A Founders’ Christmas

A Founders' Christmas

The first Christmas began in a small town near Jerusalem in a town called Bethlehem, the city of David. Bethlehem means “House of Bread,” the perfect symbolic birthplace of the “Bread of Life.” No individual has had such a profound and eternal influence on human beings since the world that He created began. The life and teachings of Jesus Christ even played a serious role in the lives of the Founders of the United States.

Take Thomas Jefferson, for example, who many think is a deist. The level of Jefferson’s deism, if he is such, is still disputed. However, the influence of Jesus Christ’s teaching and example can be seen in Jefferson’s words and actions. Captain Edmund Bacon, one of Jefferson’s overseers, detailed how Jefferson treated his slaves. Bacon stated that Jefferson rarely allowed whipping, even when the slave deserved it. For example, one slave stole nails and hid them. Once discovered, Jefferson verbally chastised the servant telling him to “Go and don’t do so any more.” This is similar to the story of the woman who had been caught red-handed in adultery and brought before Jesus to be judged. After telling the crowd “He that is without sin among you, let him first cast a stone at her.” The crowd dispersed and finding Himself alone with her asked her where her accusers were and then charged her “Go and sin no more.” Clearly, some influence of Jesus’ example is found in Jefferson’s actions.

Jefferson’s words are no less clear about the teachings of Jesus. In a letter to Benjamin Rush, another signer of the Declaration of Independence, he wrote “To the corruptions of Christianity I am, indeed, opposed; but not to the genuine precepts of Jesus himself. I am a Christian, in the only sense in which he wished anyone to be- sincerely attached to His doctrines, in preference to all others.” And to Dr. Joseph Priestley, “His (Jesus Christ) system of morality was the most benevolent and sublime probably that has been ever taught, and consequently more perfect than those of any of the ancient philosophers.” And a few years later, again to Priestley, “When we shall have unlearned everything which has been taught since His day, and got back to the pure and simple doctrines He inculcated, we shall then be truly and worthily His disciples.” Jefferson’s words and actions are not to be taken lightly concerning the Christ.

George Washington, too, who attended Christ Church in Alexandria, Virginia, was a vestryman at the church. The church recently pulled down a memorial plaque to Washington who attended for more than two decades, according to the Washington Times, dishonoring itself and our first president. Of course, we know the story of Washington’s crossing the Delaware River on Christmas day. Washington was fighting for the liberty of his people on that day. Just 1776 years earlier the Savior of mankind began His fight for the liberty of His people, the purpose of which was liberty from sin and death.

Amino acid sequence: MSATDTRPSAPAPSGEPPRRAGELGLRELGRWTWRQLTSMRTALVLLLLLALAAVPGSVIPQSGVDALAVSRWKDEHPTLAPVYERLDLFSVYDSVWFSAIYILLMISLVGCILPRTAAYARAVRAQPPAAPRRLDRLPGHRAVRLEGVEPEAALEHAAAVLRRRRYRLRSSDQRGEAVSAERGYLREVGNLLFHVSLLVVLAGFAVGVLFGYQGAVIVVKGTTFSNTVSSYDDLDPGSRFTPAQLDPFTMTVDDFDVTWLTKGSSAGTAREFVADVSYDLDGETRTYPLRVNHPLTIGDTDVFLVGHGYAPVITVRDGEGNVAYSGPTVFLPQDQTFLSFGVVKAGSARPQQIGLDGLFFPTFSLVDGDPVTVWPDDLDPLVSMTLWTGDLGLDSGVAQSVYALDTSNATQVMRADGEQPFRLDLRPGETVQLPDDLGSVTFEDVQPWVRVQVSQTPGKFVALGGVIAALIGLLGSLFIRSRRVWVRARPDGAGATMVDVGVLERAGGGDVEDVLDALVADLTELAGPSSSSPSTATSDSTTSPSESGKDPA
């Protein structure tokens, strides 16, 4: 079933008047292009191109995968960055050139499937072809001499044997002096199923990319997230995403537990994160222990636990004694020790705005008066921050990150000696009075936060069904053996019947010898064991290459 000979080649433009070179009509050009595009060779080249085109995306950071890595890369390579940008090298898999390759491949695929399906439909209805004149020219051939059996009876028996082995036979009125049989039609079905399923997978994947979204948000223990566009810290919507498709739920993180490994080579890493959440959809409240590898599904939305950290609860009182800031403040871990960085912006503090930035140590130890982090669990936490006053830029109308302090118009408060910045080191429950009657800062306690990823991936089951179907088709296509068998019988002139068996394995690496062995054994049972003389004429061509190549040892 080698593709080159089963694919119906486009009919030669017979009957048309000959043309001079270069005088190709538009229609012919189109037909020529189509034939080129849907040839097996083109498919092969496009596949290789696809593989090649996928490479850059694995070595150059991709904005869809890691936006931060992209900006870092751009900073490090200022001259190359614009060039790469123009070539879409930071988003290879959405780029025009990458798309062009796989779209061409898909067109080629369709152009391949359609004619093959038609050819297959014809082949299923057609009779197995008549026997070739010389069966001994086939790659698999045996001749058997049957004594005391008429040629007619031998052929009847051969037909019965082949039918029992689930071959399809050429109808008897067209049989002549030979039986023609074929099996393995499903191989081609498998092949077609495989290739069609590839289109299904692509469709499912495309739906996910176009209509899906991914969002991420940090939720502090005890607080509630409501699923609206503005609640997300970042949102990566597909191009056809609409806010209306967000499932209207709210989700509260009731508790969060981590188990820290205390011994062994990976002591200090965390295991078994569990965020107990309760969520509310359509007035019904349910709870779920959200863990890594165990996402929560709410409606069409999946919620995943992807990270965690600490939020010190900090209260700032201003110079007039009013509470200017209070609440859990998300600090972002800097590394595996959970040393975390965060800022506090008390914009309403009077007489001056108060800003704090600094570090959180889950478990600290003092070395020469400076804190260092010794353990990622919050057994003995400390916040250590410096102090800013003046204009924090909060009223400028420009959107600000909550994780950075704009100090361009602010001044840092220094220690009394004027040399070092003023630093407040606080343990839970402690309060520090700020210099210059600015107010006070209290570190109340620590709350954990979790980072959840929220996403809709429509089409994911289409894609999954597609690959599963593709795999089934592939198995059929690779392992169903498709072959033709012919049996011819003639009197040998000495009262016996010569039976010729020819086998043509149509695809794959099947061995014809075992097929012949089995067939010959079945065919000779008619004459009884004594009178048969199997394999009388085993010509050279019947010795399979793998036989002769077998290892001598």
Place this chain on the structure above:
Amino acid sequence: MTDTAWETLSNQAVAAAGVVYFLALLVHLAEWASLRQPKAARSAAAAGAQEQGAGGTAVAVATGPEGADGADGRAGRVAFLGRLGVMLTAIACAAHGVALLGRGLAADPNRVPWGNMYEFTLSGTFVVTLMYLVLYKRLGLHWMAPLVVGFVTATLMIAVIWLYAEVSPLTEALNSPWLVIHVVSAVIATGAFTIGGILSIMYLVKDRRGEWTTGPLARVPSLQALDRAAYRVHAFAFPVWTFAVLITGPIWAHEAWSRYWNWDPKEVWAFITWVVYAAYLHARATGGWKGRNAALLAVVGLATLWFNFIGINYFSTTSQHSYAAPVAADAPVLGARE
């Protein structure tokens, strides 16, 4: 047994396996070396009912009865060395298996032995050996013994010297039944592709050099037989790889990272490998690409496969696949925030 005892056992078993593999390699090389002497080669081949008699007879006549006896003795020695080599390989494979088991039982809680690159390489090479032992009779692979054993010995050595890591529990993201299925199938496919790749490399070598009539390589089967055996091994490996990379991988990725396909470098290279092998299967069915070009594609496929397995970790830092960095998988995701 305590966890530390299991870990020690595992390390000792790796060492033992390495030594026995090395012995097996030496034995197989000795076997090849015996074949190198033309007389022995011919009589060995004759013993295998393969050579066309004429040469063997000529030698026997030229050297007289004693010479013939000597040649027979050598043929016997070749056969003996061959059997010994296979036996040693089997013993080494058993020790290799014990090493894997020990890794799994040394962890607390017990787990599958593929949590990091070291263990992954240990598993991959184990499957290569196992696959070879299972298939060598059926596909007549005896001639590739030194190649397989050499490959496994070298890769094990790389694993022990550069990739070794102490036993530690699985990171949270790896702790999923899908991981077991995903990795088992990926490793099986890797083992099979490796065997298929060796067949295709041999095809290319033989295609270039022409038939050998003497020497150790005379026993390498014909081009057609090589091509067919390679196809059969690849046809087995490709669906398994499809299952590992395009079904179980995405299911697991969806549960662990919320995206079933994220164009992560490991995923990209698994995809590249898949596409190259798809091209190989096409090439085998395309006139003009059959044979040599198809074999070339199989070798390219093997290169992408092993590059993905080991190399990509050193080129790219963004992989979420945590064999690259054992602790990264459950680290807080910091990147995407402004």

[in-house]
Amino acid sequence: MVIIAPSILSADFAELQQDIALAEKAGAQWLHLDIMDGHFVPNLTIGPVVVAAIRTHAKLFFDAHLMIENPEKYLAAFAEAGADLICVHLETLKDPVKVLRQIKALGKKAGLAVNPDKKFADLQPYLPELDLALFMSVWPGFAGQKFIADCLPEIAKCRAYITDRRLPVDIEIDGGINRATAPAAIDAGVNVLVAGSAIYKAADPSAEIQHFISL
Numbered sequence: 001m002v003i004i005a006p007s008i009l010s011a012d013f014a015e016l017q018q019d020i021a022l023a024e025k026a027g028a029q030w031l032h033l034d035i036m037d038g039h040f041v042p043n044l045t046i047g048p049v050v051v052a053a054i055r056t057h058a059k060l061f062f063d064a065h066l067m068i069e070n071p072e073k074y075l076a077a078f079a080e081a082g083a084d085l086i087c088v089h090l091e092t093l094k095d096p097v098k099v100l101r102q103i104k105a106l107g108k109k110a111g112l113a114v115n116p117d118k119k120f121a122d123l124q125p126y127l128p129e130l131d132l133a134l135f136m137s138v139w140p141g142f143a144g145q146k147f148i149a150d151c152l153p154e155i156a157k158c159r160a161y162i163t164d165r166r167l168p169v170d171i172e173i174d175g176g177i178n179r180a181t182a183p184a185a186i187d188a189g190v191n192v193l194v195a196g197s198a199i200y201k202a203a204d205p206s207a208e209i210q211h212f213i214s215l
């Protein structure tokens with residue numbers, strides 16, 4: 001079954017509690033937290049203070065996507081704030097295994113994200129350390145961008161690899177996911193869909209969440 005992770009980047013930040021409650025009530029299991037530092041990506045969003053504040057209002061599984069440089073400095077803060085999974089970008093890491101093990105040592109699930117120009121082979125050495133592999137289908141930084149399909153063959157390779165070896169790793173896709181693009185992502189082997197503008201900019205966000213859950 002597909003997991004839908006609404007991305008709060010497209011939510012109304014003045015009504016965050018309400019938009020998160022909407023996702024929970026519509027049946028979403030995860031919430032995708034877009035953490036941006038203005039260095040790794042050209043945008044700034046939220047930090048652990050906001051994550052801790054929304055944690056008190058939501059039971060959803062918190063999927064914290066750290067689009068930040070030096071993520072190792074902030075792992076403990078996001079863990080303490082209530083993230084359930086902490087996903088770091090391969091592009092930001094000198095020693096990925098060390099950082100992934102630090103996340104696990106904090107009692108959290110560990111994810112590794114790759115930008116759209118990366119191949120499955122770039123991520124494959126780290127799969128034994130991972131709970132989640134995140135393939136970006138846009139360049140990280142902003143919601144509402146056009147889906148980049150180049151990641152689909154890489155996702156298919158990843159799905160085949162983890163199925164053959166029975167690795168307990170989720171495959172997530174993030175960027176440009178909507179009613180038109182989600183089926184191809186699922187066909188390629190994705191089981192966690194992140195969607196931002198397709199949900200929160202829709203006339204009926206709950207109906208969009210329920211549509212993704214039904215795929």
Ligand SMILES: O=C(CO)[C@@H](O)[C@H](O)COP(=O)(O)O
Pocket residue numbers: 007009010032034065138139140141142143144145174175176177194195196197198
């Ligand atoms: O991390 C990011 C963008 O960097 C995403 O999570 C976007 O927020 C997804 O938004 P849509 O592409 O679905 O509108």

Washington himself said in a circular to the states “I now make it my earnest prayer that God would…most graciously be pleased to dispose us all to do justice, to love mercy, and to demean ourselves with that charity, humility, and pacific temper of mind which were the characteristics of the Divine Author of our blessed religion, and without an humble imitation of whose example in these things we can never hope to be a happy nation.” Finally, I leave you with a poem that Washington probably copied from a magazine from London called “On Christmas Day.”

Assist me Muse divine to sing the morn,
On which the Saviour of mankind was born;
But oh! what numbers to the theme can rise?
Unless kind angels aid me from the skies?
Methinks I see the tunefull Host descend,
And with officious joy the scene attend!
Hark, by their hymns directed on the road,
The gladsome shepherds find the nascent God!
And view the Infant conscious of his Birth,
Smiling bespeak Salvation to the Earth!
For when the important Aera first drew near
In which the great Messiah should appear;
And to accomplish his redeeming Love,
Resign a while his glorious throne above;
Beneath our form should every Woe sustain,
And by triumphant suffering fix his Reign,
Should for the lost man in tortures yield his Breath
Dying to save us from eternal Death!
Oh mystick Union!—salutary Grace!
Incarnate God our nature should embrace!
That Deity should stoop to our Disguise!
That man recovered should regain the skies!
Dejected Adam! from thy grave ascend,
And ours the Serpent’s Deadly malice end;
Adorning bless th’ Almighty’s boundless Grace
That gave his son a Ransome for thy Races!
Oh never let my soul this Day forget,
But pay in gratefull praise her annual Debt
To him, whom tis my Trust, I shall [adore]
When time and sin, and Death [shall be no more.]

I pray that all will have a very Merry Christmas and hope that we do as Washington begs us to do—humbly try to imitate His example!

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